It's true that the Constitution says nothing explicit about abortion, but the Ninth Amendment explicitly says that the lack of explicit mention of a right doesn't rule out the right's existence: "The enumeration in the Constitution, of certain rights, shall not be construed to deny or disparage others retained by the people." Originalists do not so much try to apply this fairly straightforward admonition to recognize at least some unenumerated rights as to evade it. Judge Bork famously said it should be treated as though the Constitution contains an illegible ink blot. Scalia said he complies with the Ninth Amendment by acknowledging that there are other sources of rights beyond those in the Bill of Rights--without explaining why, if that's so, the Ninth Amendment is included in the Bill of Rights. Nor does he explain how an admonition against literal disparagement (e.g., judges can't say "there should be no right to same-sex marriage in a state statute" because that would "disparage" rights protected by another source) would be consistent with the First Amendment. Are there reasons why judges should be cautious in recognizing unenumerated rights? Of course. But the textual exegesis that originalists give of the Ninth Amendment is impossible to take seriously.

Seventh Amendment: The Fourth Amendment refers to "unreasonable searches and seizures," and the Eighth Amendment refers to "cruel and unusual punishments." A later generation might regard as unreasonable, cruel, or unusual what an earlier generation considered reasonable, humane, and common. Thus, these provisions--and others--could be fairly read as allowing evolution. That's consistent in principle with original-public-meaning originalism. The meaning doesn't change; the application does. But original-public-meaning originalism at this level of generality is indistinguishable from living Constitutionalism.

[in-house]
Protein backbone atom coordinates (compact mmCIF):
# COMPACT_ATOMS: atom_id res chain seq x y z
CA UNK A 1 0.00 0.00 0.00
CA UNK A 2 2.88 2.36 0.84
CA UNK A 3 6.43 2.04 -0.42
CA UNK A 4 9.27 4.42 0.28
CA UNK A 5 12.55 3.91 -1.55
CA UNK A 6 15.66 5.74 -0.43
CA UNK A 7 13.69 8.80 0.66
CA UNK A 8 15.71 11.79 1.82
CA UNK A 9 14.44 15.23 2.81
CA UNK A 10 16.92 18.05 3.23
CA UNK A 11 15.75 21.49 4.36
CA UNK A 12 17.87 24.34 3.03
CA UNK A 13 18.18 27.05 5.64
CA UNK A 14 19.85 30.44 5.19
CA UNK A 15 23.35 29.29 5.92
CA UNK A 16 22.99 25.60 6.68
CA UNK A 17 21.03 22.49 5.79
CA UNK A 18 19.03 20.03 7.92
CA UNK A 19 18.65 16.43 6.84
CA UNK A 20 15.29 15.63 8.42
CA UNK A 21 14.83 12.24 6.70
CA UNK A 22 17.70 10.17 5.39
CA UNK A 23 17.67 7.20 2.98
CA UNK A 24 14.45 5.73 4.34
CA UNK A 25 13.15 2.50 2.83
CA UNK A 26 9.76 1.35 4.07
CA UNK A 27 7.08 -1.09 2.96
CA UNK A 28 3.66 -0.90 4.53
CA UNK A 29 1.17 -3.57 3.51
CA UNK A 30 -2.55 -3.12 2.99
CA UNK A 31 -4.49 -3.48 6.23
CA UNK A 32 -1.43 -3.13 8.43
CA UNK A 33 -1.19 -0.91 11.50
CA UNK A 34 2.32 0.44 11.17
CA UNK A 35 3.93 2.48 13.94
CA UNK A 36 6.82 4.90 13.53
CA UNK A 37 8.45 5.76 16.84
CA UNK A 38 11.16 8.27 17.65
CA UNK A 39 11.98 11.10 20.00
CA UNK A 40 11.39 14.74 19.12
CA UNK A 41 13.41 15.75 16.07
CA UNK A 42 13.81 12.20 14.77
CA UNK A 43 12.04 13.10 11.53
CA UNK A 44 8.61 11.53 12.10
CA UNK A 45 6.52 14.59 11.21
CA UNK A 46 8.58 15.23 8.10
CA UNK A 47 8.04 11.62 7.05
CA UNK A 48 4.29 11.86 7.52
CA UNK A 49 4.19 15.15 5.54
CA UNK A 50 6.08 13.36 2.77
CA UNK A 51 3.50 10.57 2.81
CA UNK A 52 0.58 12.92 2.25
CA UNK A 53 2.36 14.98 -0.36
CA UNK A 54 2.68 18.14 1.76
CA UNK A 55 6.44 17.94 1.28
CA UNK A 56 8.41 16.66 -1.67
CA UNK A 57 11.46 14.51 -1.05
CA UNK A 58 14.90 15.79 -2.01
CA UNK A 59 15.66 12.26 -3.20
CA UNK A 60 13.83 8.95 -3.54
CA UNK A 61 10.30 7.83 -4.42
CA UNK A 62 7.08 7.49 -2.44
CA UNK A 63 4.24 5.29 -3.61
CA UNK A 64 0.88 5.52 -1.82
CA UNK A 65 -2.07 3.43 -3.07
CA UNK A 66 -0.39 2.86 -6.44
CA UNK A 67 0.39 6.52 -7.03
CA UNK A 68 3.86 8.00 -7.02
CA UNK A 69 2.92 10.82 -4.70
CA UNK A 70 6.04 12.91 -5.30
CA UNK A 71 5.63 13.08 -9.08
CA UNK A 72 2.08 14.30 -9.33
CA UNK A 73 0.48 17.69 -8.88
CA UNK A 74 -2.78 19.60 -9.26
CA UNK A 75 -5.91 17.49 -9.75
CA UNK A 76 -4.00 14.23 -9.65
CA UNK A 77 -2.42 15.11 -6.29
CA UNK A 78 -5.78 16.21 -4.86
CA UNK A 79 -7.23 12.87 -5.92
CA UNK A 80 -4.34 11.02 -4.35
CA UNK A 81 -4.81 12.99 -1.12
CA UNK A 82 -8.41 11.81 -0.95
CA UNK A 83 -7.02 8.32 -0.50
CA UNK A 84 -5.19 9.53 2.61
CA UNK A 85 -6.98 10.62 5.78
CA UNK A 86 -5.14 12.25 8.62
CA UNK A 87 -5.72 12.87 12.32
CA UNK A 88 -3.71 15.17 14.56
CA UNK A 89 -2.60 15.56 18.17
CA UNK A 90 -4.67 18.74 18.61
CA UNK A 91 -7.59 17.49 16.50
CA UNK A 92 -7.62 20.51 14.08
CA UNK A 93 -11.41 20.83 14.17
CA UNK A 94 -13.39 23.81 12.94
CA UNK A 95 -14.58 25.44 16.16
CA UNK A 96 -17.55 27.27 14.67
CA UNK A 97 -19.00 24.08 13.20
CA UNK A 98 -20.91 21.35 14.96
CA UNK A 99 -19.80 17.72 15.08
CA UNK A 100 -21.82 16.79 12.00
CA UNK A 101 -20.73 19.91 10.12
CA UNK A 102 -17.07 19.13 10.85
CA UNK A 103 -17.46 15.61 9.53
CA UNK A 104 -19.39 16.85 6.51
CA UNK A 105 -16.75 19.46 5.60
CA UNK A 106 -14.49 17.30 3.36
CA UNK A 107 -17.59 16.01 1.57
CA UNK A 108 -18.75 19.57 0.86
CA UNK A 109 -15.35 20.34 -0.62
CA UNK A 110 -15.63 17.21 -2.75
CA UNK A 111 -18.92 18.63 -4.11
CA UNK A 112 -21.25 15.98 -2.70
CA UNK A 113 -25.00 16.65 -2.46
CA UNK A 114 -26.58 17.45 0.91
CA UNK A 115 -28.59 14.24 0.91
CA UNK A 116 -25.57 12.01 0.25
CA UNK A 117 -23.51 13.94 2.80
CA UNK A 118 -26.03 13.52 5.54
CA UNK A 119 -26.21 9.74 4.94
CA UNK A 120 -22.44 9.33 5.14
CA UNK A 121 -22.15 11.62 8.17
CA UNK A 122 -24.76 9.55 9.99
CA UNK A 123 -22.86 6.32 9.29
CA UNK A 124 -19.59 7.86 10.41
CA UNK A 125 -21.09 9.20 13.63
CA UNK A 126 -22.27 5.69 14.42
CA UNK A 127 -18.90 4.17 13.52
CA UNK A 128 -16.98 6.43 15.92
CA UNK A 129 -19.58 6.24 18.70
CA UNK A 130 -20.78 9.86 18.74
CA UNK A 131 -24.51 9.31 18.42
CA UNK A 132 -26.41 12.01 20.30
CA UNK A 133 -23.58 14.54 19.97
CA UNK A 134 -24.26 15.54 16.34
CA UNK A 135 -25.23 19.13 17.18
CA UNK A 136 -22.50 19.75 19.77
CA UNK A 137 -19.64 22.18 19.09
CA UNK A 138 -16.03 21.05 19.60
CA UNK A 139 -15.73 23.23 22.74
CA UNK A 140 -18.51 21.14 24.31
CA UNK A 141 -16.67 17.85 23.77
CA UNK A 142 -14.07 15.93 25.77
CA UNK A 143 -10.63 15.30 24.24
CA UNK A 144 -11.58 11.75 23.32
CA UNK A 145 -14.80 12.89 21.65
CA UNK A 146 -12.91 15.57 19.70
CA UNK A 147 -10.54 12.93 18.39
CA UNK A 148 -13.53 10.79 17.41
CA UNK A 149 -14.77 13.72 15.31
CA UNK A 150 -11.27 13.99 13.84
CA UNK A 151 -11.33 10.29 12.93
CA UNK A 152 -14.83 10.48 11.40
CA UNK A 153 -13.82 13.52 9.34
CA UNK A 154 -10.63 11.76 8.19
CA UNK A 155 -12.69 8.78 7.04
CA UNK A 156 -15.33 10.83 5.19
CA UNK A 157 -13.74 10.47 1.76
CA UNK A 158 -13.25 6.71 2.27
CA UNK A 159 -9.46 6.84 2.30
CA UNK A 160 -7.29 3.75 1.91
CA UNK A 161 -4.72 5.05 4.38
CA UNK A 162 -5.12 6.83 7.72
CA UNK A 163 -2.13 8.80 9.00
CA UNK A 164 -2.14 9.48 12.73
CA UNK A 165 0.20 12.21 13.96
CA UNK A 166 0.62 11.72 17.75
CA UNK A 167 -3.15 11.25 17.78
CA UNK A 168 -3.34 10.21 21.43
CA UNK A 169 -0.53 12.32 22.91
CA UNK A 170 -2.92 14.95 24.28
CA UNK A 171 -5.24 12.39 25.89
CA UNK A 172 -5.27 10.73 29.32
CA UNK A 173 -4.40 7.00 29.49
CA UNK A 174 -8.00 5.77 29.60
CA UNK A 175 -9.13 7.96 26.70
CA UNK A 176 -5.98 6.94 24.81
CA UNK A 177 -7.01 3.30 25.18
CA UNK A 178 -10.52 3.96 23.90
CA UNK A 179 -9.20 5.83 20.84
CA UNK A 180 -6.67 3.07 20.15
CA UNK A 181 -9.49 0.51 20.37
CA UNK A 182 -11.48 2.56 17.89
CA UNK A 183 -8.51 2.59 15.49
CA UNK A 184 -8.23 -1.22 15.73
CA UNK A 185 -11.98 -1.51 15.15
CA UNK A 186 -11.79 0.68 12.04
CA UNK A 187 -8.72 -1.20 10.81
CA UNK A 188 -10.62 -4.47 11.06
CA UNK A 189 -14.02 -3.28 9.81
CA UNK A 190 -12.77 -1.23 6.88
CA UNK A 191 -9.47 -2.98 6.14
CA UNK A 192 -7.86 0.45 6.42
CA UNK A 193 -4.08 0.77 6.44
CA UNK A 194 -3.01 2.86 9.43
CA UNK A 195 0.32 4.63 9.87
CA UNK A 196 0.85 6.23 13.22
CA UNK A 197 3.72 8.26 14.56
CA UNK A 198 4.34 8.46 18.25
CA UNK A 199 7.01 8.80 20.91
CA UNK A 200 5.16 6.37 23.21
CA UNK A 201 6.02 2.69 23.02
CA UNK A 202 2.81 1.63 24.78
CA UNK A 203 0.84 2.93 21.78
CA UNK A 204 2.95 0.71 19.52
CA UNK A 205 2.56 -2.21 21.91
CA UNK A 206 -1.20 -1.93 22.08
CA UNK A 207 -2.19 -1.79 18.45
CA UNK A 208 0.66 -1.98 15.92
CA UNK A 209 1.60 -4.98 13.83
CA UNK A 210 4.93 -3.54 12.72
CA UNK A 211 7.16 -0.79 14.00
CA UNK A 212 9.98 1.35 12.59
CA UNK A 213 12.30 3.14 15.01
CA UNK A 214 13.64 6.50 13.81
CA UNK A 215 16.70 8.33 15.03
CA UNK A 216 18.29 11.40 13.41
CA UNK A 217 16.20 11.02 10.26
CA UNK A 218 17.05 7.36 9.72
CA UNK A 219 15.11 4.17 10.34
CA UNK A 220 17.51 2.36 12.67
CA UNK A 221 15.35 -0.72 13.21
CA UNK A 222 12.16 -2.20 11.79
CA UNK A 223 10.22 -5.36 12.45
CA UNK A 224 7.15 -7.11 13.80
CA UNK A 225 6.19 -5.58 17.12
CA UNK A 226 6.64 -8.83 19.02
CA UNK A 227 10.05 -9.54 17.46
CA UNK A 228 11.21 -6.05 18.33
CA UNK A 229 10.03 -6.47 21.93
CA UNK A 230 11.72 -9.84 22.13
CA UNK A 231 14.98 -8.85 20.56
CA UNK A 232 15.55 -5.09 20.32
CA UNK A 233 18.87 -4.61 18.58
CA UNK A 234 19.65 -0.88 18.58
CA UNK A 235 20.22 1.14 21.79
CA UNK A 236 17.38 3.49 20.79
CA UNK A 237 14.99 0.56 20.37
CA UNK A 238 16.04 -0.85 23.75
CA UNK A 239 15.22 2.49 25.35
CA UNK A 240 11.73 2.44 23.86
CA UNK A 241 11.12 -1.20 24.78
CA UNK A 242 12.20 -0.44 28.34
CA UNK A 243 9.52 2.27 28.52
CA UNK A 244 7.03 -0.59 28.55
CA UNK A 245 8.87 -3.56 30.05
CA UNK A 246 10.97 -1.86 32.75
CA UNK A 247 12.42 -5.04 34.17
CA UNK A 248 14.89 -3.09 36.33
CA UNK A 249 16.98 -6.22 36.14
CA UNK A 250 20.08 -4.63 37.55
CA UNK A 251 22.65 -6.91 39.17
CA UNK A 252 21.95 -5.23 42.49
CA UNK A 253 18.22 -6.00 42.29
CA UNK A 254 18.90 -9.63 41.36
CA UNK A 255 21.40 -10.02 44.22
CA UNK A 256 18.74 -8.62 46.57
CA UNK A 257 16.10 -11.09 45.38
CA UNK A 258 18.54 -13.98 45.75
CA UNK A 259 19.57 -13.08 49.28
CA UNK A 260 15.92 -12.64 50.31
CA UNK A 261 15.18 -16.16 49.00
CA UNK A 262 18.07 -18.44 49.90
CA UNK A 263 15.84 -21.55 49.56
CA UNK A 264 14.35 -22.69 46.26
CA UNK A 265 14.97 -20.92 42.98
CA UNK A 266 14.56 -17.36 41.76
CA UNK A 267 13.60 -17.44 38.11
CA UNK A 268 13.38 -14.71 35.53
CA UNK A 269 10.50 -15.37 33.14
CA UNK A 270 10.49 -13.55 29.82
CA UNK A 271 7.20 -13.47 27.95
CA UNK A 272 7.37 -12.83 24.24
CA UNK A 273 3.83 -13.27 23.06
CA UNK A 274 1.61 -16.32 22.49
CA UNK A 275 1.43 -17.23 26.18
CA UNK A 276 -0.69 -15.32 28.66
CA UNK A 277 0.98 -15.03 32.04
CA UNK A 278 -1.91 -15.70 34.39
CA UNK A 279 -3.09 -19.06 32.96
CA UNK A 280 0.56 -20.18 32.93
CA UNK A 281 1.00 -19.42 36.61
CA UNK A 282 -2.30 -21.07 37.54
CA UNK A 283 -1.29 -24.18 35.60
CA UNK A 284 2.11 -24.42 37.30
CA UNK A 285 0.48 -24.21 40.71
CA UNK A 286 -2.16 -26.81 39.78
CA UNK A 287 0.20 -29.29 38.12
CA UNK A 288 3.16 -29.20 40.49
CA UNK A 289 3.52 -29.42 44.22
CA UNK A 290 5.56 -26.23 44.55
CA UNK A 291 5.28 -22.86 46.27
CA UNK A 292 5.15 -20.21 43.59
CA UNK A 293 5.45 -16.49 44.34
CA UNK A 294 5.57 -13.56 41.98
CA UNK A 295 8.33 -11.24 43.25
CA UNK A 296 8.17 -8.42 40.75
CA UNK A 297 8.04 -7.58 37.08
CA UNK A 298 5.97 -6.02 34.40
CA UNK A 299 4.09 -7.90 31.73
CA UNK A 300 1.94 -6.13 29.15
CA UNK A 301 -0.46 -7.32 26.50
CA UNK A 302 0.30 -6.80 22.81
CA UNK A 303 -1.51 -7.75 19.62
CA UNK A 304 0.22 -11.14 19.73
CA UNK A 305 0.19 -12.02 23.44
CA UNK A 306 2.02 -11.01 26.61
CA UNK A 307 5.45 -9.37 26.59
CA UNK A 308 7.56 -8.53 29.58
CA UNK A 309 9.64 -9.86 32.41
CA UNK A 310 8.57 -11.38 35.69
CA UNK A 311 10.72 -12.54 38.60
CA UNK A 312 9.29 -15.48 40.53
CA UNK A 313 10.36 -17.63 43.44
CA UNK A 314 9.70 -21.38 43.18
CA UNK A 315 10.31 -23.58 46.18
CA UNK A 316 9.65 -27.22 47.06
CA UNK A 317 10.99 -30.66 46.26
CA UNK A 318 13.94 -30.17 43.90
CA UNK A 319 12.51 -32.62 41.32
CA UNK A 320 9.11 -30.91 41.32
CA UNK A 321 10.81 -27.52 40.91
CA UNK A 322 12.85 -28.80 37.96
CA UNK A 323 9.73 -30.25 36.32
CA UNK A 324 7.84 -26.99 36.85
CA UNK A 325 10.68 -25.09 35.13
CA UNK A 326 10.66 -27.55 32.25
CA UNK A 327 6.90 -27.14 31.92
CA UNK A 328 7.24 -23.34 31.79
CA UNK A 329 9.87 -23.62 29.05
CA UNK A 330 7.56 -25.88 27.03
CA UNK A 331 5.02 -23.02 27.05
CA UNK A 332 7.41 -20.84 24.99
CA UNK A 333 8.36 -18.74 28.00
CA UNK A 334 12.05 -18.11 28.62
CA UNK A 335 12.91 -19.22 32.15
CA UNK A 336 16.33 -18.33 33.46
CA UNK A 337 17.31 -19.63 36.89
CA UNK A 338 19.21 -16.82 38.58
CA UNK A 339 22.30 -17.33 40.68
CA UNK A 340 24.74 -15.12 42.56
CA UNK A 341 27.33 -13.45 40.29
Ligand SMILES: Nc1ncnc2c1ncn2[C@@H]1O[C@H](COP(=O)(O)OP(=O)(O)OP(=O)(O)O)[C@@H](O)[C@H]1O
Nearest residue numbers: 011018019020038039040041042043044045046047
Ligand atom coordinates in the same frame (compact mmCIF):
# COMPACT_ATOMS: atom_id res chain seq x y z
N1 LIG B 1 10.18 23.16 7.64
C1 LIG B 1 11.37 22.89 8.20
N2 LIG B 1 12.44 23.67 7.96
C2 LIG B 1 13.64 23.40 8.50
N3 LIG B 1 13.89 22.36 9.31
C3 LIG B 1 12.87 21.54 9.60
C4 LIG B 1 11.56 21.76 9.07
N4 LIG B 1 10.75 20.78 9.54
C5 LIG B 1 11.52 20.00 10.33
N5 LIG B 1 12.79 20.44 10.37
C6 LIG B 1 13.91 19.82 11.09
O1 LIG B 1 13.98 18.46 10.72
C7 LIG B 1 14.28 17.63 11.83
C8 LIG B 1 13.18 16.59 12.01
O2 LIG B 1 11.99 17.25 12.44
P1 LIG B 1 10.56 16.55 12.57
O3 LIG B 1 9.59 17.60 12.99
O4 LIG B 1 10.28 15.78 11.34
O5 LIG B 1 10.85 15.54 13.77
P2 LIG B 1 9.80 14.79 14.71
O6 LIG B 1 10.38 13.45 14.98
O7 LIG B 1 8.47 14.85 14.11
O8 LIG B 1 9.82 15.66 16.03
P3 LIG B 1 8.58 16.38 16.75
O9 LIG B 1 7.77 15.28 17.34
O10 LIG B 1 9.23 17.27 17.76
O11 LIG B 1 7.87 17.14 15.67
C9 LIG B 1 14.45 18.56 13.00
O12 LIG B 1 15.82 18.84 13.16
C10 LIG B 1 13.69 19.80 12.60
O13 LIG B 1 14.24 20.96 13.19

Moreover, there is a still better textual ground for treating nearly all of the Constitution as susceptible to evolution in application. Where the framers wanted to fix application, they knew how to do so. The Seventh Amendment says the right to a civil jury trial "shall be preserved." To be sure, even so, the Supreme Court's cases allow procedural innovations. Preserved apparently does not mean preserved exactly as it was in every respect. The cases say something more like preserved in its essentials. But whether the relevant case law faithfully construes the Seventh Amendment is not my main concern right now. My point is that someone who wishes to discern the original public meaning of the other provisions of the Bill of Rights (and the Constitution more broadly) might take note of the absence of the preservation admonition in those other provisions. It doesn't inevitably follow that those other provisions couldn't be construed using a preservationist rather than an evolutionary approach, but that is at least a fair inference.

Despite all of the foregoing, a practitioner of constitutional law must now play the originalism game because the courts have been stacked with jurists who call themselves originalists. Indeed, even liberal jurists now play the game, as now-Judge/Justice-to-be Jackson illustrated last month. Accordingly, for what I expect to be most if not all of the rest of my career as a legal scholar, I anticipate efforts by most lawyers and jurists to disguise more and more normative and policy debates as debates over original public meaning. That many of the people wearing the originalism costumes themselves don't realize they're only playing dress-up doesn't change the fact that that's what they're doing.